“I’ll take the hot,” I casually reply to the woman behind the counter. She stares back at me with a look of wonderment meets stupidity. “Have you been here before?” she asks. I quickly assure her that I can handle a little heat. In fact, I don’t mind spicy food. My husband smartly asks for his chicken to merely be in the medium range. I, on the other hand, am no chicken.
As we passed through Nashville on our way to Louisville that day, I realized lunchtime would be set perfectly in Music City. After a little searching, I discovered Nashville’s food staple, hot chicken, had evaded me all these years. Typically breaded and coated with spices and heavy on the cayenne, you can find hot chicken establishments all over Nashville. Seeing that the first and original hot chicken eatery in town was right along my route, I directed us to Prince’s Hot Chicken Shack just northeast of downtown Nashville.
We step into the simple restaurant, composed of a handful of tables and chairs and plenty of chicken figurines. The trashcan is overflowing with napkins and plates stained a deep red, an indication of Prince’s popularity. We step right up to the window and order our chicken marinated in buttermilk, breaded and sauced with the top-secret spice concoction. Prince’s then pan fries the chicken in a cast iron skillet. With varying temperatures of mild, medium and hot, I press my luck and order the hot, despite reading they won’t serve you hot if you are a first timer.
The idea behind hot chicken stems from Thorton Prince. Known for being a bit of a womanizer, Thorton returned home to his girlfriend after a late night out on the town. Tired of his ways, she decided to get back at him at breakfast by dousing his fried chicken in a spicy concoction. Thorton ended up liking the hot chicken and thus Prince’s was born in Nashville. Prince’s Hot Chicken Shack became known for serving up late night meals once the Grand Ole Opry got out in town. The decorated walls of Prince’s tell how this hole in the wall establishment is five-star in its awards and culinary accolades.
We drum our fingers against the table in a decidedly bittersweet anticipation, anxious over the supposed heat we are about to experience. At last, our number is called. My husband comes back to the table with a tray featuring two large servings of chicken perfectly placed on top of white bread and garnished with a bright green pickle. “Which one is the hot?” I ask. His reply, “I have no idea.” We make an educated guess that one looks hotter than the other and I quickly snatch it up as my own. I pull off a piece and before the chicken can hit my taste buds, I can feel the heat. My lips start to burn. My eyes are watering. I begin to cough, the type of cough that only develops with an overly carbonated ginger ale or extremely spicy food.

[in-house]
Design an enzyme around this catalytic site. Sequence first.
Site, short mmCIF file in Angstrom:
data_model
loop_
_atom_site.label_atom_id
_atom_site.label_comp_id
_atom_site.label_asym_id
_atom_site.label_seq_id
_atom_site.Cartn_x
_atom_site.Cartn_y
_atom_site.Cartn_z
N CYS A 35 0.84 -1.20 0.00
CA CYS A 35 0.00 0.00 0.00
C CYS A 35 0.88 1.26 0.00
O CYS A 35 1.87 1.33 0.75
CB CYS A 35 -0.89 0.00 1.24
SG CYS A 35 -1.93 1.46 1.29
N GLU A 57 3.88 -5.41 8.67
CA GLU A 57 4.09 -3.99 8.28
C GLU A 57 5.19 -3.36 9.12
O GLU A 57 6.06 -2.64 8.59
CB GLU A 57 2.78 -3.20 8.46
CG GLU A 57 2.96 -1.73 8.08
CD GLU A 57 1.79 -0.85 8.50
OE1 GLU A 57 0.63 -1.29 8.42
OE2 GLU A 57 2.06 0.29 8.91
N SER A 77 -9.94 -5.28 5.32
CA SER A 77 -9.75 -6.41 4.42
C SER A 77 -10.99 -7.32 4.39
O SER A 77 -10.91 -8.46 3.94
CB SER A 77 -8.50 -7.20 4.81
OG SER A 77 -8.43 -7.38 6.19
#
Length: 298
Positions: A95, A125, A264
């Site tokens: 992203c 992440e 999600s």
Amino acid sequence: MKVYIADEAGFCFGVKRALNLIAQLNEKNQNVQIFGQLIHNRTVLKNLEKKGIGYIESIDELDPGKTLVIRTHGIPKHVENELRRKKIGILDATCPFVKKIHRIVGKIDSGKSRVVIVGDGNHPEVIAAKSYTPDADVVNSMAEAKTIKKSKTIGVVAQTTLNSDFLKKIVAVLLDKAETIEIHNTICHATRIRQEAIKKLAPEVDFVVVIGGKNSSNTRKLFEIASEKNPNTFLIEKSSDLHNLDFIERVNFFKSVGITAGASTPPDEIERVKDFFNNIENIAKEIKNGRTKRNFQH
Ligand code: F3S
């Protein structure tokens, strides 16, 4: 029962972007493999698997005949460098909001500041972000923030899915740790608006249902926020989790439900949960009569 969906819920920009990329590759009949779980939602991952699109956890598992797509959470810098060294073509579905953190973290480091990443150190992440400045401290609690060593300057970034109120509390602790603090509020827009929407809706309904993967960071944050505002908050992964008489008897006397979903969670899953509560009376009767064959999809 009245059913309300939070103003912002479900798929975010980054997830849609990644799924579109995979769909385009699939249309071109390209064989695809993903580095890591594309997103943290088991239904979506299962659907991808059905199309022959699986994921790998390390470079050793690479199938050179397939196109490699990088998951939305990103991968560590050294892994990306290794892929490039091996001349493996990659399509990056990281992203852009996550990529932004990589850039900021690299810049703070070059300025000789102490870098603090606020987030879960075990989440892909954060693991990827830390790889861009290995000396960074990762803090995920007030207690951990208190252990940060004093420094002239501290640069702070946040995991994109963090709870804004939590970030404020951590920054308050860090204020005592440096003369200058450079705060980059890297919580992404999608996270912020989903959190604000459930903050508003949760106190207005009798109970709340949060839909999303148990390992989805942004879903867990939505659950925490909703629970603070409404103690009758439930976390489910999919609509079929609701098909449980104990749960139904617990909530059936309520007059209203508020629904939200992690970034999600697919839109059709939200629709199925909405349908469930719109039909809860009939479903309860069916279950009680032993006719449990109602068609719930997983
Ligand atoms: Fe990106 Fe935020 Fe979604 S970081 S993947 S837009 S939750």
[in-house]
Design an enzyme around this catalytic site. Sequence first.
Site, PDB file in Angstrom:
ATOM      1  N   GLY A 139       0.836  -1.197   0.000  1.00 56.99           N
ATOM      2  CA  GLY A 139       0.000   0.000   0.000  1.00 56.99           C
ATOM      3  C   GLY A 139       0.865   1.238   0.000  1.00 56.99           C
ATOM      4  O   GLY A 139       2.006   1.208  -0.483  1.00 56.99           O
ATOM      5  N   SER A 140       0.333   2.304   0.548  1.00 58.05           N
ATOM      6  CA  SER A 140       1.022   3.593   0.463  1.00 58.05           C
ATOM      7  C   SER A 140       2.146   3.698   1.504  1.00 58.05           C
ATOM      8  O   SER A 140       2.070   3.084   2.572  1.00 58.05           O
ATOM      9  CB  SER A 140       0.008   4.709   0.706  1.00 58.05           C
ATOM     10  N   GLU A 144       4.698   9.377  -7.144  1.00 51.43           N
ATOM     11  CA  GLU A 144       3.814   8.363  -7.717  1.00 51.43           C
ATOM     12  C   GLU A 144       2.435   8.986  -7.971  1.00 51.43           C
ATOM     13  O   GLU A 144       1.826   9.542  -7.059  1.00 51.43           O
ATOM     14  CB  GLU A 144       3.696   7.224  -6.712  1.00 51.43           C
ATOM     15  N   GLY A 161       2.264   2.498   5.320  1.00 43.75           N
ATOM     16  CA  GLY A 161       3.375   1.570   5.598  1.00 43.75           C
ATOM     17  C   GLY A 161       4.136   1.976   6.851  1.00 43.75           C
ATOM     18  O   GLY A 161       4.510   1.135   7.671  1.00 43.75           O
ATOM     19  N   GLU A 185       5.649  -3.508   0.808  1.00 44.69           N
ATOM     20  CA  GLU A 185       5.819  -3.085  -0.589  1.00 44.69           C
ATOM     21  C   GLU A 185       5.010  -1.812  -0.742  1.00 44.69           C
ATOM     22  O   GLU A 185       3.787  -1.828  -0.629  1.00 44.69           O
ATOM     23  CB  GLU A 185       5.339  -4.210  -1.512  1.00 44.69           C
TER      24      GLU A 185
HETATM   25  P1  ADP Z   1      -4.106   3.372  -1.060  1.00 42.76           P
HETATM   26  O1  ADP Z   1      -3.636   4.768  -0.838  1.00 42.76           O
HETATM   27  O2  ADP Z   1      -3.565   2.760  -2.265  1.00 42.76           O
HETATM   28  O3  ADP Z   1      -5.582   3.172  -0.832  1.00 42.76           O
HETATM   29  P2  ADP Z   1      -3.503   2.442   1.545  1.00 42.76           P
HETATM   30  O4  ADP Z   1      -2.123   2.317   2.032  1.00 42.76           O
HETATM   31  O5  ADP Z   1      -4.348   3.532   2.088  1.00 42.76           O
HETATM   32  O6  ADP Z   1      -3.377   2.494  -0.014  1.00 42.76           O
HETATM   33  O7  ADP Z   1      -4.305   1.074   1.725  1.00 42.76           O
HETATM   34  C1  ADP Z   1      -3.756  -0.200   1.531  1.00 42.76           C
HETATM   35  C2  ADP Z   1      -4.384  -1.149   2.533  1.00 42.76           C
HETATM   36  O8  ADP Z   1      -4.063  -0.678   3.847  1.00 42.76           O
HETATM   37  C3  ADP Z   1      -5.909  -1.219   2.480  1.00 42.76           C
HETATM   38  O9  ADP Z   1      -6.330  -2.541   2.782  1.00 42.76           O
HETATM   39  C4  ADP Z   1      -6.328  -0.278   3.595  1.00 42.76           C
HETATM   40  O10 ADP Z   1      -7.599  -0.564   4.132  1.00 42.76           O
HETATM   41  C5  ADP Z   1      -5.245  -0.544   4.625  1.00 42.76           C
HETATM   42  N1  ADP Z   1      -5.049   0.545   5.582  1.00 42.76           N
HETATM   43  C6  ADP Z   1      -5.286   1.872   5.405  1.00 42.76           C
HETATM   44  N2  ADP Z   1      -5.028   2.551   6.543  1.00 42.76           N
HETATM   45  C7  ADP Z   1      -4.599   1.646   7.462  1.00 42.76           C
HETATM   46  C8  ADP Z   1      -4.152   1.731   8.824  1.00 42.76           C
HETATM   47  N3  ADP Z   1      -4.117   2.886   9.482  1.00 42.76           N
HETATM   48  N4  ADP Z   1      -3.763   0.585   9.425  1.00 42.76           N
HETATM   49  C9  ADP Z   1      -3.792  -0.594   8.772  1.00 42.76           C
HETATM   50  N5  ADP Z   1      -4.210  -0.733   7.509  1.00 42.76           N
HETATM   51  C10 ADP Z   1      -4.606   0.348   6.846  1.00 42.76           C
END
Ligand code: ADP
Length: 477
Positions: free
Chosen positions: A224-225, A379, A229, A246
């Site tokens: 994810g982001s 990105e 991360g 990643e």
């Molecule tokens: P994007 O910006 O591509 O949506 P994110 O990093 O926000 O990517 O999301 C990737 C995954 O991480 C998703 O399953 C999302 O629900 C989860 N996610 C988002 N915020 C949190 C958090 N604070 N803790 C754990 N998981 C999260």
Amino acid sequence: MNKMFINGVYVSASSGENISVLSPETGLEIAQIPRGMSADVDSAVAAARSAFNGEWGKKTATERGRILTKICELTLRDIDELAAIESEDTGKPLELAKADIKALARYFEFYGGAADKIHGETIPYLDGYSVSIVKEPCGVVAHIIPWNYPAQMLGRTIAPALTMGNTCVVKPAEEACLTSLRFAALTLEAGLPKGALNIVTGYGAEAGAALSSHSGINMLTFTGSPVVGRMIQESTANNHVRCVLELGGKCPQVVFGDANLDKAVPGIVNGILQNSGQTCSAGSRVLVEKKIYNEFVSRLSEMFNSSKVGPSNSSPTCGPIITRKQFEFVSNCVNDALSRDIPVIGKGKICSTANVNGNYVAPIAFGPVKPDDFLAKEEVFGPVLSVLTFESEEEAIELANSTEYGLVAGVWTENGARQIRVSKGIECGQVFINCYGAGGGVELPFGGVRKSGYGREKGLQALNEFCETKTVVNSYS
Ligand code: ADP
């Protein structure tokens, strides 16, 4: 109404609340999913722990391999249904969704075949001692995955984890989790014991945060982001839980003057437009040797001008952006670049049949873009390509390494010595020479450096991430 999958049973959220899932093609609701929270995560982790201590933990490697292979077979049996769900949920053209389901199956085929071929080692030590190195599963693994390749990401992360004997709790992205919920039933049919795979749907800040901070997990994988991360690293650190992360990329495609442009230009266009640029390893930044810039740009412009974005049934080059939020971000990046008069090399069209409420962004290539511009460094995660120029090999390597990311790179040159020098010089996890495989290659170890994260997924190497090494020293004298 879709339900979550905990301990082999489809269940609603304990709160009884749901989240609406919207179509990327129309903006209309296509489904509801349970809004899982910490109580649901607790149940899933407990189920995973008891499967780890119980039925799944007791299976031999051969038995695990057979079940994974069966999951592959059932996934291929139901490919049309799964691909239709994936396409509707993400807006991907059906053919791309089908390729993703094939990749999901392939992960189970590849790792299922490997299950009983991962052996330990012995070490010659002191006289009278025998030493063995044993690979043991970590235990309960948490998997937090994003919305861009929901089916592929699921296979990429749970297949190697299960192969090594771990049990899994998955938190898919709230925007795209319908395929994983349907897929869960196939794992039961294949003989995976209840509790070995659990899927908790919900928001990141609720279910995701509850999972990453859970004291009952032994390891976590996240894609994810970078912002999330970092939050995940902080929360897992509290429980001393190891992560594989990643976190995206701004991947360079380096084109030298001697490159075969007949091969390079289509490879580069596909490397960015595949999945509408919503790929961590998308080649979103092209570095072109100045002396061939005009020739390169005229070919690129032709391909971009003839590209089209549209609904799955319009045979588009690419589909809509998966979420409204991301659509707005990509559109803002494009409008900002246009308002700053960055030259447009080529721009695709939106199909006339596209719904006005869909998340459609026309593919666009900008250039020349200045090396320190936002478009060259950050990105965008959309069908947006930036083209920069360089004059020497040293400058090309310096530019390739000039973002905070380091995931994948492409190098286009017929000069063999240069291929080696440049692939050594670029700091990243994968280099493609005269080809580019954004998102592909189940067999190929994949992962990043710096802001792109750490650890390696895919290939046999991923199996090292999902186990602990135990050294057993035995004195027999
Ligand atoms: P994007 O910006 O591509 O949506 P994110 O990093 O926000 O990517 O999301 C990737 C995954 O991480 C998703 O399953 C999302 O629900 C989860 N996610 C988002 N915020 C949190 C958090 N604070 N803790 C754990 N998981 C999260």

Unlike any chicken I have had before, I resolve to press on through the heat. I eventually develop numbness to it. The juicy chicken coupled with a coating and crust similar to the color of the hair on my head has taken hold of me. My fork can’t rest until there is nothing left behind. I look up for a brief moment to see how my husband is faring. Sweat is pouring from his brow. His eyes also look watery. Except, his face is a little redder than mine. A woman appears from behind the kitchen and saunters past our table. She almost passes us by and then she backtracks. She looks down at the chicken and then looks up at my husband. “Did you get the hot?” she asks. He replies, “No, just medium.” She walks away with a conscious eye, knowing full well we seemed to have switched up who’s chicken was who’s on the tray. To eat hot chicken in Nashville and come out alive, you have to be a bit of a chicken and accept that you might have to order medium chicken instead of the hot. An idea born out of sweet revenge, it is most appropriate that hot chicken in Nashville takes its own revenge on the mind, body and soul of the feaster.
Once we accept defeat, we add our battle scars to the trashcan like the others before us. Hundreds of miles from Nashville and hours later, my lips are still burning and my stomach feels like it has camped out in its own ring of hell. As I glance over at my husband who appears to be in a bit more pain than myself, I quietly think, “Good thing I didn’t get the hot.”
Have you had hot chicken in Nashville or Prince’s Hot Chicken? Could you take the heat?
Prince’s is cash only. It is located northeast of Nashville in a strip mall at 123 Ewing Dr #3. I’m told there is usually a line but I visited around 2PM on a Tuesday and didn’t have to wait.